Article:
The annexed engravings are views of an evaporator for marine steam boilers, to supply any deficit of pure water by the surface condenser of James. M. Miller, of this city. The condenser was illustrated and described on water is introduced inside by forcing it by a pump through the pipe, Z, wkich can be washed out, when saturated, by the pipe, Y. This apparatus is placed nearer to the boiler than the heater, represented on the page referred to above. K K is the pipe which connects the exhaust pipe of the steam engine with the condenser. The vessel being filled with salt water, the steam of the exhaust passes up into the pipes, C C, figure 2, from thpipe, K, kik ig opoa ingiflw to allow this. Two of the tubes are represented in WH. Allowing the salt water to be cold, when the steam is first let in, condensation of the steam will take place for a short time, but it will flow onwards to the condenser. When the salt water is heated to steam heat, moderate evaporation will take place, and the vapor will pass up and then down the pipe, V, into the condenser; W is a cock to open or close communication with the vaporization chamber; S S are flanges to support the apparatus and bolt it on a suitable bed-plate; X X are side flanges which perform the office of braces ; P is the bottom plate. All the outside parts are of cast-iron, and are made strong and durable. Water gives off some vapor, at a lower temperature than 212 as can be noticed in any boiler or during solar influence. A small apparatus of this kind, used perhaps once or twice on a voyage across the Atlantic, it is believed will be sufficient to make up any slight loss of condensed steam, to be used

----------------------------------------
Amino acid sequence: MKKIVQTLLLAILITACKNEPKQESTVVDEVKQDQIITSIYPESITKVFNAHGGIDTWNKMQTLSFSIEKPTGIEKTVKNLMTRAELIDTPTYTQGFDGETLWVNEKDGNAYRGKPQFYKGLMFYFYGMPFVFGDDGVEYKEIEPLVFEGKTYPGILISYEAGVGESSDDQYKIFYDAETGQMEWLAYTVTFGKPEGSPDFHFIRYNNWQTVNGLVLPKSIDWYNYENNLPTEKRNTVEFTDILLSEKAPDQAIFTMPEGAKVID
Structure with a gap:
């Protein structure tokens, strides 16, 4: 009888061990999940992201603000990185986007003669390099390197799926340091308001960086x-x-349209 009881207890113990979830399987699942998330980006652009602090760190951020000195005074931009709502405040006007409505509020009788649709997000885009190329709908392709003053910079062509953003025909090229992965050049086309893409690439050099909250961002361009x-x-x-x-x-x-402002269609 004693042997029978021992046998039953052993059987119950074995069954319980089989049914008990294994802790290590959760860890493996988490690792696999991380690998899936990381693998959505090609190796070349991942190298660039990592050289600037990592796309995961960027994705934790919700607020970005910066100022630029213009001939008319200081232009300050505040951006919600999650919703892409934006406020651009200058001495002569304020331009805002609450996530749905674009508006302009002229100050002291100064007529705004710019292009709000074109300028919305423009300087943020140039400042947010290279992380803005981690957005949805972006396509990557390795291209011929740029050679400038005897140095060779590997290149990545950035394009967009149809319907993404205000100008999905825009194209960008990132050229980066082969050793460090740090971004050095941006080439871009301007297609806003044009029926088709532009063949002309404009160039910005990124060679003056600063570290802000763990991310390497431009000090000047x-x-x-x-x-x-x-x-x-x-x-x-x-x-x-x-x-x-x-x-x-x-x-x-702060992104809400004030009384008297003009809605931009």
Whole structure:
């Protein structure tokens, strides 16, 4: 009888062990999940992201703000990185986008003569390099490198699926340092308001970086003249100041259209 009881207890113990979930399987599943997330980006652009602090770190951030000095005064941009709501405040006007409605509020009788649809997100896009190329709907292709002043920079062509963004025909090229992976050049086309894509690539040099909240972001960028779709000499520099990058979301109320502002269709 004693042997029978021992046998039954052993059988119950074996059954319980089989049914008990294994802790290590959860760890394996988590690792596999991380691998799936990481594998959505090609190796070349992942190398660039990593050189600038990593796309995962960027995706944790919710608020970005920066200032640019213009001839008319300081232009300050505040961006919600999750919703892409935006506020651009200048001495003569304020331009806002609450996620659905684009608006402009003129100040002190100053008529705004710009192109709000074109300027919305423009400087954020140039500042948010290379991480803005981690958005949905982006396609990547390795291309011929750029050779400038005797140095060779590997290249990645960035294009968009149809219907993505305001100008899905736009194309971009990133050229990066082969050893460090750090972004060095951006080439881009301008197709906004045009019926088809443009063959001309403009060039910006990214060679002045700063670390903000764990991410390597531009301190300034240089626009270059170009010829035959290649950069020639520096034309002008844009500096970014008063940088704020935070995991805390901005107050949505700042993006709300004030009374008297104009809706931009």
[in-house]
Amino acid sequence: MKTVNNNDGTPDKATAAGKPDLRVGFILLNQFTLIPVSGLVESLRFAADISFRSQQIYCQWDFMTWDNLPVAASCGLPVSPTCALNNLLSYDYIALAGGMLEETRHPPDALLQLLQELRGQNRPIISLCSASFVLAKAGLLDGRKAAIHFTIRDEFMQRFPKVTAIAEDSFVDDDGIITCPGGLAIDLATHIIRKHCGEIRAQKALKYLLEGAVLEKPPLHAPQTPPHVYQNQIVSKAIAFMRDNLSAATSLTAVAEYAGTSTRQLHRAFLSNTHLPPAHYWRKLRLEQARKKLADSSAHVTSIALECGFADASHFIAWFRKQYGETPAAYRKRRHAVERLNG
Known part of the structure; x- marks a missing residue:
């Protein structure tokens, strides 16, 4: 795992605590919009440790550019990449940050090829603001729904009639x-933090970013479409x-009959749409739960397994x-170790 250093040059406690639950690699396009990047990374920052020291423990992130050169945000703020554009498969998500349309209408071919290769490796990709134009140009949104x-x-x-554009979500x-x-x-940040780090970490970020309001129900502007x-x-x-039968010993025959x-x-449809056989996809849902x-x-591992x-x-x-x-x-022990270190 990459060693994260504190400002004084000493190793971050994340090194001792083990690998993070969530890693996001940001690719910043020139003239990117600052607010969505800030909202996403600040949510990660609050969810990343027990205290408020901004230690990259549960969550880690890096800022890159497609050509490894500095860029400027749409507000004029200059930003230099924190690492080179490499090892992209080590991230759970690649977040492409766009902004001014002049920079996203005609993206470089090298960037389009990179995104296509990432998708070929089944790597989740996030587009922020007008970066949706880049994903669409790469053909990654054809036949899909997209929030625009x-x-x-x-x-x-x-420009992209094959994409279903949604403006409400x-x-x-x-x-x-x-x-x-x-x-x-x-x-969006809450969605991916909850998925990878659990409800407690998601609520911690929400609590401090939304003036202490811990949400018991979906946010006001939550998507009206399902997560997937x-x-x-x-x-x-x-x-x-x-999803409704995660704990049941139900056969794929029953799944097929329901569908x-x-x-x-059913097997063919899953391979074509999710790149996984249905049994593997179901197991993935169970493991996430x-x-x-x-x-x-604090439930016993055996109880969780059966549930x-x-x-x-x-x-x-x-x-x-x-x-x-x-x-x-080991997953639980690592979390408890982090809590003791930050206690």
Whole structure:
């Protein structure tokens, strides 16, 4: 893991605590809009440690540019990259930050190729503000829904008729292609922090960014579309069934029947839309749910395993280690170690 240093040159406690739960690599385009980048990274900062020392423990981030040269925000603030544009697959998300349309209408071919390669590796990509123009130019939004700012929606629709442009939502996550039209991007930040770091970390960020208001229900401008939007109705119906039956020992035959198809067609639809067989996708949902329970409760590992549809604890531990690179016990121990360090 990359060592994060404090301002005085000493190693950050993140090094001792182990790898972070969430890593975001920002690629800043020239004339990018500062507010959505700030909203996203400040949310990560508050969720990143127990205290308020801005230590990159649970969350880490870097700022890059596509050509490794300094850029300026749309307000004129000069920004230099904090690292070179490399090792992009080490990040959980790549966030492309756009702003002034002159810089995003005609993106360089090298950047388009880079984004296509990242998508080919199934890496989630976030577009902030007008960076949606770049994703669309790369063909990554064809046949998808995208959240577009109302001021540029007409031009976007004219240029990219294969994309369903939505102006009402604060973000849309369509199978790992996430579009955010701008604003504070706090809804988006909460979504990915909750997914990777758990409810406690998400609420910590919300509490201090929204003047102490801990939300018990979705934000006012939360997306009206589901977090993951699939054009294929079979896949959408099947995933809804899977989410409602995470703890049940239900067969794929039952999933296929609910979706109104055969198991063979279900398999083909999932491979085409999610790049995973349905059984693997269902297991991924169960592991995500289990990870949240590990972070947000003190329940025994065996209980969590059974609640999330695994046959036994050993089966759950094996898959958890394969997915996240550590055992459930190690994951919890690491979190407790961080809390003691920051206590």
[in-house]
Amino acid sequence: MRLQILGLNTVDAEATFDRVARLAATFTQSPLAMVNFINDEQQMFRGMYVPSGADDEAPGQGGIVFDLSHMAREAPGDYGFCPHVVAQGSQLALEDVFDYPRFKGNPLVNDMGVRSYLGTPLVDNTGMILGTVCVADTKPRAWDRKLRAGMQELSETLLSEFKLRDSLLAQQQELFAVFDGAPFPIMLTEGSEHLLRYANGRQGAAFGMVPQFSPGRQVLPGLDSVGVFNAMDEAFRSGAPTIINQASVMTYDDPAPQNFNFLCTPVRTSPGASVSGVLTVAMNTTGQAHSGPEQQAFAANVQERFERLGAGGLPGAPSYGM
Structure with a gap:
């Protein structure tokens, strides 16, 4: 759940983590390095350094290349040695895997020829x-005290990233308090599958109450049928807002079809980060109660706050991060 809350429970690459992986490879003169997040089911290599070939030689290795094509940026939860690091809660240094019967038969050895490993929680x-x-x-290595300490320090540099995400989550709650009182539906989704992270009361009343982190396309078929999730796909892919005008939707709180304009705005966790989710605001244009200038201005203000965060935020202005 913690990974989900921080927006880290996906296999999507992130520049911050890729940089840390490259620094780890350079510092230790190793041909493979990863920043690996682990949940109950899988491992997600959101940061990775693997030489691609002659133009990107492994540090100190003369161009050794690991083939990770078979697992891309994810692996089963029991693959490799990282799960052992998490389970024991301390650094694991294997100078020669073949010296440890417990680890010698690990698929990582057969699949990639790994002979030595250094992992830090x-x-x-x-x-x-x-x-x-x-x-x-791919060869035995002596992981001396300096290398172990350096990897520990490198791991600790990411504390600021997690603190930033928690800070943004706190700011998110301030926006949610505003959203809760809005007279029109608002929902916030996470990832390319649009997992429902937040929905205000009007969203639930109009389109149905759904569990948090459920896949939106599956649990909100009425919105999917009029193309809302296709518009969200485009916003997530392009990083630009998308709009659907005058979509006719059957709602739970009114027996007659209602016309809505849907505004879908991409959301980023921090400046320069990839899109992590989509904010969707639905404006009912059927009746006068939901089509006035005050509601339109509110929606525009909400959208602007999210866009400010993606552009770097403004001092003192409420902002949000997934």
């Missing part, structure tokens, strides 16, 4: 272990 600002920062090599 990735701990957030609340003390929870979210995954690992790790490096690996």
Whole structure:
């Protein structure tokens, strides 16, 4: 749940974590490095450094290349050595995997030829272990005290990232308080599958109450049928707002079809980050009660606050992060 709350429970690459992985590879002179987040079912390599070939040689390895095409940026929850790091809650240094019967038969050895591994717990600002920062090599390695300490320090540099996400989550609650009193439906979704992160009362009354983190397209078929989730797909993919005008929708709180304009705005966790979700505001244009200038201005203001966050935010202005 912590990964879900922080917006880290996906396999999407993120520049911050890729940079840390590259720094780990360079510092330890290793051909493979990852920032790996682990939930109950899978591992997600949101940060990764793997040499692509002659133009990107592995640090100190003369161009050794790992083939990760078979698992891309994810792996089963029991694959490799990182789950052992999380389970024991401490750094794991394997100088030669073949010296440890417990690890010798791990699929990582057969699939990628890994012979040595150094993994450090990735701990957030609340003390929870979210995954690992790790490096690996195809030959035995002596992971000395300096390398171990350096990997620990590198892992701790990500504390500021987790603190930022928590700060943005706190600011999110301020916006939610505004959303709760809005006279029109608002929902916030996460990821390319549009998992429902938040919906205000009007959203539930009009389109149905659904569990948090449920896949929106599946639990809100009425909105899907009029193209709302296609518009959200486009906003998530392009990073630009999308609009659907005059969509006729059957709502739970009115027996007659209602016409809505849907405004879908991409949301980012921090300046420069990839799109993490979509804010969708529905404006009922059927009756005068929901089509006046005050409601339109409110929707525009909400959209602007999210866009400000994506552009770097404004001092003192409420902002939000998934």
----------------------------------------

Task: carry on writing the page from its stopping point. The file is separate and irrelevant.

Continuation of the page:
This article was originally published with the title "Miller's Evaporator"